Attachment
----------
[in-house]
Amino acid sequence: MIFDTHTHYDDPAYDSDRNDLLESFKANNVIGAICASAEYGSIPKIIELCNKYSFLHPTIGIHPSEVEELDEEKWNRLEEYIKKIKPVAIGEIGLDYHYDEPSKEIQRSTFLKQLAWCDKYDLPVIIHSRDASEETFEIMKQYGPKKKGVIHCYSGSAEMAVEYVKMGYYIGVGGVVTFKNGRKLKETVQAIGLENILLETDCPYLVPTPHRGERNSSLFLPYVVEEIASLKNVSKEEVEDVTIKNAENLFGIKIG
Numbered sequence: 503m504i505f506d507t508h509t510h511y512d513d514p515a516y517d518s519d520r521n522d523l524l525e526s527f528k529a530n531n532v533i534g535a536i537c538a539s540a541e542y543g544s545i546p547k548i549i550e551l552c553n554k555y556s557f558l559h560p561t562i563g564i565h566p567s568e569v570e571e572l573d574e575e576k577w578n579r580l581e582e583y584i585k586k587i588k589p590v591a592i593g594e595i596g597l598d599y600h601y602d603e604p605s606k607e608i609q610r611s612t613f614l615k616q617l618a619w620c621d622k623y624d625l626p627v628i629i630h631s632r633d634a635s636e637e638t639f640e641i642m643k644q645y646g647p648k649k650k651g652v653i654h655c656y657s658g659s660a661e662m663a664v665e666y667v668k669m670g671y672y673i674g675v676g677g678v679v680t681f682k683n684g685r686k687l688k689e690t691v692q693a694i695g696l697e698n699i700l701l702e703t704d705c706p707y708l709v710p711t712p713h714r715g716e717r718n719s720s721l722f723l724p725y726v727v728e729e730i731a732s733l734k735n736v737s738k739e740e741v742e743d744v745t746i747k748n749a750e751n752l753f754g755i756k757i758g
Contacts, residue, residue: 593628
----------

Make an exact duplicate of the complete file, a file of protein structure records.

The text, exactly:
[in-house]
Amino acid sequence: MIFDTHTHYDDPAYDSDRNDLLESFKANNVIGAICASAEYGSIPKIIELCNKYSFLHPTIGIHPSEVEELDEEKWNRLEEYIKKIKPVAIGEIGLDYHYDEPSKEIQRSTFLKQLAWCDKYDLPVIIHSRDASEETFEIMKQYGPKKKGVIHCYSGSAEMAVEYVKMGYYIGVGGVVTFKNGRKLKETVQAIGLENILLETDCPYLVPTPHRGERNSSLFLPYVVEEIASLKNVSKEEVEDVTIKNAENLFGIKIG
Numbered sequence: 503m504i505f506d507t508h509t510h511y512d513d514p515a516y517d518s519d520r521n522d523l524l525e526s527f528k529a530n531n532v533i534g535a536i537c538a539s540a541e542y543g544s545i546p547k548i549i550e551l552c553n554k555y556s557f558l559h560p561t562i563g564i565h566p567s568e569v570e571e572l573d574e575e576k577w578n579r580l581e582e583y584i585k586k587i588k589p590v591a592i593g594e595i596g597l598d599y600h601y602d603e604p605s606k607e608i609q610r611s612t613f614l615k616q617l618a619w620c621d622k623y624d625l626p627v628i629i630h631s632r633d634a635s636e637e638t639f640e641i642m643k644q645y646g647p648k649k650k651g652v653i654h655c656y657s658g659s660a661e662m663a664v665e666y667v668k669m670g671y672y673i674g675v676g677g678v679v680t681f682k683n684g685r686k687l688k689e690t691v692q693a694i695g696l697e698n699i700l701l702e703t704d705c706p707y708l709v710p711t712p713h714r715g716e717r718n719s720s721l722f723l724p725y726v727v728e729e730i731a732s733l734k735n736v737s738k739e740e741v742e743d744v745t746i747k748n749a750e751n752l753f754g755i756k757i758g
Contacts, residue, residue: 593628